I became Jane West to prove that I could change my life in a monumental way. I realized that I was the person holding me back from seeking out the bigger and better.
Jane is my nom de plume of pot, adopted because I needed to take a leap out of my former professional career. That I did, head first.
Three years ago I was a corporate event producer, living and raising a family in Denver. In 2013 I created a 420-friendly startup, Edible Events, while keeping my day job. The two parts of my working life remained separate until Feb. 26, 2014, when I appeared in a CNBC documentary on legal marijuana. My boss saw the show — and me — and the next day asked me to make a choice. I could keep my day job, or I could become “Jane West” of Edible Events.
I chose Jane.
That’s not to say this change came without difficulty. I’ve experienced more than my share of doubt, fear, and indecision. At times I’ve struggled with the feeling that I was in way over my head. But as I worked through the struggles, I found that Jane West was stronger, smarter and more powerful than the person I had been. Finding the real Jane allowed me to leave behind the parts of my life that were just adequate in favor of the inspirational and the extraordinary.
As a result, at the age of 40, my past two years have been full of these firsts:
I was the defendant in a criminal courtroom. Five times.
I got fired from a job for the first time in my life.
My parents permanently moved to the state of Colorado.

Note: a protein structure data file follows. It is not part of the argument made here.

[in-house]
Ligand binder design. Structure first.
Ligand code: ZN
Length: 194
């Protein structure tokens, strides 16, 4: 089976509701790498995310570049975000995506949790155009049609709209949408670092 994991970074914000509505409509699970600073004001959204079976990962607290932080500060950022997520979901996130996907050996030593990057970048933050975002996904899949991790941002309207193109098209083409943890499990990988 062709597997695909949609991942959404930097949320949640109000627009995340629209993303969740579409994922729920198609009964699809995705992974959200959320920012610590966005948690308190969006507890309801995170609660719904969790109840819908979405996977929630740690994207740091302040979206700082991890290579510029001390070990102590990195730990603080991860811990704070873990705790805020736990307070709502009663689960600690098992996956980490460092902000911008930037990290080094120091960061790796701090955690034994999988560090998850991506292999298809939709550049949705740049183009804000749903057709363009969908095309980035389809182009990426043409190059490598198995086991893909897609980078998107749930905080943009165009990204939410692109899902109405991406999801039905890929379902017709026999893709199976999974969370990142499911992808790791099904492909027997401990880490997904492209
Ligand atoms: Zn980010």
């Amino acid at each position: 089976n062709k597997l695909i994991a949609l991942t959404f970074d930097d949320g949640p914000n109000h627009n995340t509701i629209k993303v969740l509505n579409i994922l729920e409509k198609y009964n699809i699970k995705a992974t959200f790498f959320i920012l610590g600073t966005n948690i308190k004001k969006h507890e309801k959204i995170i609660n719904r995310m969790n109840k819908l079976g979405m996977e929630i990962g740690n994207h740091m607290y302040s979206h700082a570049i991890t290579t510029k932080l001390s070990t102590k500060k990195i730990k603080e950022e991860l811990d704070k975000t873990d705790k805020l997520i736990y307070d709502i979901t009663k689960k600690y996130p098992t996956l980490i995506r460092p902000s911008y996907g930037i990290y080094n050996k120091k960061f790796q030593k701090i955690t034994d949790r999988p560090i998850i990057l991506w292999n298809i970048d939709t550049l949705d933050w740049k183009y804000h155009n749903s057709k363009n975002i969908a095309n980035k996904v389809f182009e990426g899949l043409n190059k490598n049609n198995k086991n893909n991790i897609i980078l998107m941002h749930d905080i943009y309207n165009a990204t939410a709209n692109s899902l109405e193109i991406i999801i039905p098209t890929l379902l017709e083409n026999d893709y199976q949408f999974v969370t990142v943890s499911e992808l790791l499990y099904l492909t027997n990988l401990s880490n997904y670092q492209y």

My husband changed jobs.
I wrote the foreword to a published book.
I now know that marijuana is safer than alcohol.
My kids and I watched a story about myself on the NBC Nightly News.
I wrote my first hashtag, and now #byoc is a thing.
I stopped watching TV.
I started sleeping fewer than six hours a night.
I raised more than $200,000 for not-for-profit organizations.
I missed irreplaceable moments, days and weeks of my kids’ lives.
I flew to Boston for a private party at a castle.
I ate lunch on the rooftop of the Soho House while people dipped in the pool on a hot August afternoon.
I stopped my five-times-a-week yoga routine.
I appeared on every major news network, with over 2,000 exclusive articles and mentions.
I almost drove off the road when I heard on NPR, “The Colorado Symphony Orchestra combines cannabis and classical music on a high note in Colorado. I’m Neal Conan and this is Talk of the Nation.”
I celebrated my sons’ fourth and sixth birthdays.
I had an entire chapter of Weed the People, published by Time, written about my events. It was titled “Classically Cannabis”.
I was the “talent” at a four-hour editorial photo shoot.
I celebrated my 38th and 39th birthdays.
I had the best sex in my entire marriage.
I utilized lysergic acid diethylamide.
I celebrated my tenth wedding anniversary.
I smoked a blunt with Snoop Dogg and a few joints with Willie and Annie Nelson.
I have put on more makeup than I have in the past five years combined.
I was way too nice to people who didn’t deserve it.
I didn’t thank my parents enough.
I started wearing heels on weekdays.
I lost a passport, multiple drivers licenses, two pairs of prescription glasses, and two Wi-Fi boxes.
I was in something called a “sizzle reel,” and it wasn’t pretty.
I paid over $500 in parking tickets.
I consumed more cannabis on a weekly basis than ever before in my life.
I wore fake eyelashes. Six times.
I founded an international professional networking organization for the future leaders of the cannabis industry, Women Grow.
The entire time I was completely me.